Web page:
Judge orders mental evaluation for man charged with killing parents | News
FAIRFIELD COUNTY, SC (WIS)- A judge has ordered a 40-year-old man accused of brutally murdering his parents in April to undergo a mental evaluation.
Matthew Mahorsky remains in the Fairfield County Detention Center without bond.
Mahorsky was taken into custody on April 8 shortly after a deputy checking on the well-being of his parents discovered their bodies in the front yard of the home near the intersection of Highway 215 and Highway 34.
He was charged with two counts of murder and one count of possession of a firearm during a violent crime.
Fairfield County Chief Deputy Keith Lewis says 71-year-old Richard and 70-year-old Ruth Marion Mahorsky were shot in the head with a high-powered rifle.
During the search for the gunman, deputies found Matthew inside the garage. He exited the house without incident and was taken into custody for questioning.
Deputies filed charges the next morning.
Authorities recovered a rifle from inside the home. It is unclear if the weapon was used in the murders.
Lewis said the sheriff's department arrested Mahorsky in 2004 after an altercation at the same home. He was charged with presenting and pointing a firearm at his father.
Matthew's mother diffused that situation by talking him into putting the gun down and going into the house, Lewis said.
The parents then called law enforcement, indicating Matthew's struggle with mental illness, according to deputies.
He pleaded guilty to that charge and was put on three years probation.
The Mahorsky's two others sons, Todd and Mark, returned home from Texas and Pennsylvania to deal with the funeral arrangements. The family cleaned up the Mahorsky's yard Wednesday.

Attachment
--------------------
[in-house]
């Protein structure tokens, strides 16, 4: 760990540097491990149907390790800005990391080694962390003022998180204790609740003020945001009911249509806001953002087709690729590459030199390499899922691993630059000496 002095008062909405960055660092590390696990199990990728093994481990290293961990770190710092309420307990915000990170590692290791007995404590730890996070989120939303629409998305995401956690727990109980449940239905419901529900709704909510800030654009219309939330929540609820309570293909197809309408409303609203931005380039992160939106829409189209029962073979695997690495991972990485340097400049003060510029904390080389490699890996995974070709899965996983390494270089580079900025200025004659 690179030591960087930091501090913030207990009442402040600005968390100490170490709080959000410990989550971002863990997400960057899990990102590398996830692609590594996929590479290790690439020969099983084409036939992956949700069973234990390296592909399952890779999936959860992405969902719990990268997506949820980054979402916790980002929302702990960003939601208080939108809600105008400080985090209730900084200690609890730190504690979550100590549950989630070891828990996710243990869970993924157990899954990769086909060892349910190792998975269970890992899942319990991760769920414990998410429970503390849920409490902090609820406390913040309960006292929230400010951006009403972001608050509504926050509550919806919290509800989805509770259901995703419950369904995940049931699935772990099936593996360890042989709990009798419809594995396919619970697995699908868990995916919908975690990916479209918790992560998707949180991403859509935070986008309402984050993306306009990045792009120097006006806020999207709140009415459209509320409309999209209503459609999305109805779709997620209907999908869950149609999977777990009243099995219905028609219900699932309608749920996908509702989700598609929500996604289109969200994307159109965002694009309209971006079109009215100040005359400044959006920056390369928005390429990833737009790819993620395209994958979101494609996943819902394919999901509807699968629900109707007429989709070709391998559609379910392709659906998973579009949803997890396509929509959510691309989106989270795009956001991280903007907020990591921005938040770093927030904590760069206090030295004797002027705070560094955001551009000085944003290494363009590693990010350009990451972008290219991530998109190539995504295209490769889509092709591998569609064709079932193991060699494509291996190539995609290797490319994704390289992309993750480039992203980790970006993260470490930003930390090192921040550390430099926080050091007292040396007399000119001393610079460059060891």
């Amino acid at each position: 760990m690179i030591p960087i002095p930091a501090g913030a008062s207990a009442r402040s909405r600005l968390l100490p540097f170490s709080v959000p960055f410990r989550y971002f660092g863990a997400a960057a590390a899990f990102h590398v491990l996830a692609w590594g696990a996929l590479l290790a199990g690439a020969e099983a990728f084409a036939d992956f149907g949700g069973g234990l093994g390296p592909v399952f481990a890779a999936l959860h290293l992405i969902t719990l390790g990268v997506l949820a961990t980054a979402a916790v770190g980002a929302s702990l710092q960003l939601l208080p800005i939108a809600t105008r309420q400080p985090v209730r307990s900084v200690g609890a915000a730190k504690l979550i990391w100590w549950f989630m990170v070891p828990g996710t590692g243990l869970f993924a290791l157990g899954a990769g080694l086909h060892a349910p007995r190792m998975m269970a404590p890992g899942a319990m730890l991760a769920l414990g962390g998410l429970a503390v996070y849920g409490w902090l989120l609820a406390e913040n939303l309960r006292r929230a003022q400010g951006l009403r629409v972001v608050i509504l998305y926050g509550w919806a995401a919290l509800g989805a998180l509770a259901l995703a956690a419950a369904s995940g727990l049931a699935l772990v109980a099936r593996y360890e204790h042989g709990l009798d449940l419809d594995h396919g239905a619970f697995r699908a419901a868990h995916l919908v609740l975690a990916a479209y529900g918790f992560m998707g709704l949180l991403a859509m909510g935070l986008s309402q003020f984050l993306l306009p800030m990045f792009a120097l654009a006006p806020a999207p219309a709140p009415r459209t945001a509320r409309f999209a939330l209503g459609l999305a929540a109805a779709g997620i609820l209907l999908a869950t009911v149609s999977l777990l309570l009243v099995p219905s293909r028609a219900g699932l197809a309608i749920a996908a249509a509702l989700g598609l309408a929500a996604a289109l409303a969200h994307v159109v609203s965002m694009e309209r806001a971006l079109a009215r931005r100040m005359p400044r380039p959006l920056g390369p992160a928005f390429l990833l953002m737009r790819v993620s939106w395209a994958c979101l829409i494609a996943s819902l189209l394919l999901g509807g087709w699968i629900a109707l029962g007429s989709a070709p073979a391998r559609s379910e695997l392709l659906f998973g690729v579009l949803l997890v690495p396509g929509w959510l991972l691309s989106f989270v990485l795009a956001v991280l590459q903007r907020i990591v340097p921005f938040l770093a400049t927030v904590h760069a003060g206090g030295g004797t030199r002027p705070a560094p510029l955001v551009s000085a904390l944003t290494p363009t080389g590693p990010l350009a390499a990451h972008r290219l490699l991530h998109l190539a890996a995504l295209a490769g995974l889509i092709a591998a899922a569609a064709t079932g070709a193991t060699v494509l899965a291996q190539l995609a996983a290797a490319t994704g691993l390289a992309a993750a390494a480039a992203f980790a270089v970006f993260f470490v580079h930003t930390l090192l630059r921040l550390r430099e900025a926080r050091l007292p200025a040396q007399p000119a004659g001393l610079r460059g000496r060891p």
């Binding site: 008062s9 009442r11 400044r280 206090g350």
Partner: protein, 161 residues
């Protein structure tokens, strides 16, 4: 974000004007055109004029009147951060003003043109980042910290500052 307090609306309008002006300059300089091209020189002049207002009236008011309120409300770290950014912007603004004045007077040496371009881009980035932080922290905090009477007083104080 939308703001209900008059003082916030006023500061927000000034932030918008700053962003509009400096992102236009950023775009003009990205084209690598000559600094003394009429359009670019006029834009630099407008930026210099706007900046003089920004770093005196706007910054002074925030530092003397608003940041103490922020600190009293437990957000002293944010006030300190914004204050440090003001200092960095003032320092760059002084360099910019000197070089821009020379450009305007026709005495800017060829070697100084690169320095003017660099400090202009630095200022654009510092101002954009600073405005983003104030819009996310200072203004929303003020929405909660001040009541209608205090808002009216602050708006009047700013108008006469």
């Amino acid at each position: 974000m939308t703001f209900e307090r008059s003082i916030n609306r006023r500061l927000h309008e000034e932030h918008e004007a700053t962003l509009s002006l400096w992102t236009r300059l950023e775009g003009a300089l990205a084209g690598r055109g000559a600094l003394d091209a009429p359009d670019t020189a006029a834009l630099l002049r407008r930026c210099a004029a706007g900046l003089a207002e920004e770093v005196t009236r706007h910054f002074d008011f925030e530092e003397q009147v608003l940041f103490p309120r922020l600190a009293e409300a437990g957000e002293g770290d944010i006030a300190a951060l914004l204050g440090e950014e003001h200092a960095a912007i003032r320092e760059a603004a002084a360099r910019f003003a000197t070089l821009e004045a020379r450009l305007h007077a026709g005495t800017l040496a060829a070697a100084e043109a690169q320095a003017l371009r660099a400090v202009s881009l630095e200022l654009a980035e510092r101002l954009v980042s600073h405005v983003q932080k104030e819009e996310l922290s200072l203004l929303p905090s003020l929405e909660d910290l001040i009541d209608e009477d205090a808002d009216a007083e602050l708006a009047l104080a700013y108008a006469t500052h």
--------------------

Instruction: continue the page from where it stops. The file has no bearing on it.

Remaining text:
The couple is being remembered for their fun-loving spirit. Neighbors say Marion liked to garden. She worked at Providence Community Bank in Winnsboro.
Dickie was retired from Mack truck but family members say the two were always doing something.
"He was 71 but he was actually like 25, constantly going, never stopping," said nephew Chris Unangst. "My aunt loved the yard. You can see the mulch she was getting ready to put out."
Neighbors say if Dickie was home they would hear the hum of his metalworking tools. He enjoyed creating art from metal scraps.
"He could take a can of beer and turn it into a house," said Unangst.
Unangst said they made the ordinary extraordinary with their zest for life.
"My aunt was always goofing, doing goofy things in front of the camera," he said. "Loved the camera. Loved to make people laugh. That was the biggest thing about my aunt. Never saw her mad or mean."
Unangst said it was the same for his uncle Dickie.
"He looked like a big guy, big and mean," he said. But he was a big teddy bear."
Neighbor Barry Spruell will miss the daily talks with Dickie at the mailbox.
"'Barry, how you doing? You going to let me paint that car of yours?'" Spruell described their conversations. "I'd say, 'Rich I don't have time right now.' 'When you get the time you let me know and will get that thing pretty for you.'"
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